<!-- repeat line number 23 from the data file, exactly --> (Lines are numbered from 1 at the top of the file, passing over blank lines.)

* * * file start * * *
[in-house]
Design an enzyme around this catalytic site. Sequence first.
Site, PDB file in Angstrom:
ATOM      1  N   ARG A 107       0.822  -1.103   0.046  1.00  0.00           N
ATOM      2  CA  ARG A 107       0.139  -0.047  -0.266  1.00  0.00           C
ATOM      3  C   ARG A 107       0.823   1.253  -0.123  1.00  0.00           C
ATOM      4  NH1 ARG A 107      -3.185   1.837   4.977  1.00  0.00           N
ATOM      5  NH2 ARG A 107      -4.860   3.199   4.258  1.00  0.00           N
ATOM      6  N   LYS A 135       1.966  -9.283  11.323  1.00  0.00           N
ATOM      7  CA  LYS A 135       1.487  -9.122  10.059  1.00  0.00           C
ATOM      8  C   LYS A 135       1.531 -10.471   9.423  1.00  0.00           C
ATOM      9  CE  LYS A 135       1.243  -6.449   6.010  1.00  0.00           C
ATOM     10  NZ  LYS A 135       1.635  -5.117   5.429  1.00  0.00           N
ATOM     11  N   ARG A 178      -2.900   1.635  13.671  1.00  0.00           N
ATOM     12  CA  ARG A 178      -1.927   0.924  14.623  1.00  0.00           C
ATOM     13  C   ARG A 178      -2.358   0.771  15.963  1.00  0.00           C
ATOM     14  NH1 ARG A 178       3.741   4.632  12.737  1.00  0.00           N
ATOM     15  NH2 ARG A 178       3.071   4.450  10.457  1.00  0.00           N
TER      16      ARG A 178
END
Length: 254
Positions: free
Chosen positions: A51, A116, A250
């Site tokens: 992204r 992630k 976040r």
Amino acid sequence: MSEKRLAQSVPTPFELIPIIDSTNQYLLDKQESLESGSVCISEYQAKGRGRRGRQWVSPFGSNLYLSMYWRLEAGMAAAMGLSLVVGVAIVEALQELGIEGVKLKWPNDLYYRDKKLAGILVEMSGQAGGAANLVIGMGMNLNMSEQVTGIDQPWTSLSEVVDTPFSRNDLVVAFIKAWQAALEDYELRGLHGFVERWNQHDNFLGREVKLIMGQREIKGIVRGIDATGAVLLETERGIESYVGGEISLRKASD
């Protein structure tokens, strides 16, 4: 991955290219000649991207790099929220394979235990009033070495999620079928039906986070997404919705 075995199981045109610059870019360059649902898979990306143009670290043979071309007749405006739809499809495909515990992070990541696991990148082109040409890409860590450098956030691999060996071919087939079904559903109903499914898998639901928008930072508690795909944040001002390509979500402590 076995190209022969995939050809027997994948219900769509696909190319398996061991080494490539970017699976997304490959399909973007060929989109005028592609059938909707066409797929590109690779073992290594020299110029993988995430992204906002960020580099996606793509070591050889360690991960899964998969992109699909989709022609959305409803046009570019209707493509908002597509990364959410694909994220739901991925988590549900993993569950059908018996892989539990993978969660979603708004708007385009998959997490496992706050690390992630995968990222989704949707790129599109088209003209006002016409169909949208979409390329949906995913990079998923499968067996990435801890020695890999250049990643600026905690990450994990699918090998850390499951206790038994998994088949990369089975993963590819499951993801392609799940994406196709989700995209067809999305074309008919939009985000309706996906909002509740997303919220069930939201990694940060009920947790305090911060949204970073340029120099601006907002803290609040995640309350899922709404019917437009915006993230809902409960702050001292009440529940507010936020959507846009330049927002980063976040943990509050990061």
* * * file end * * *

Chosen positions: A51, A116, A250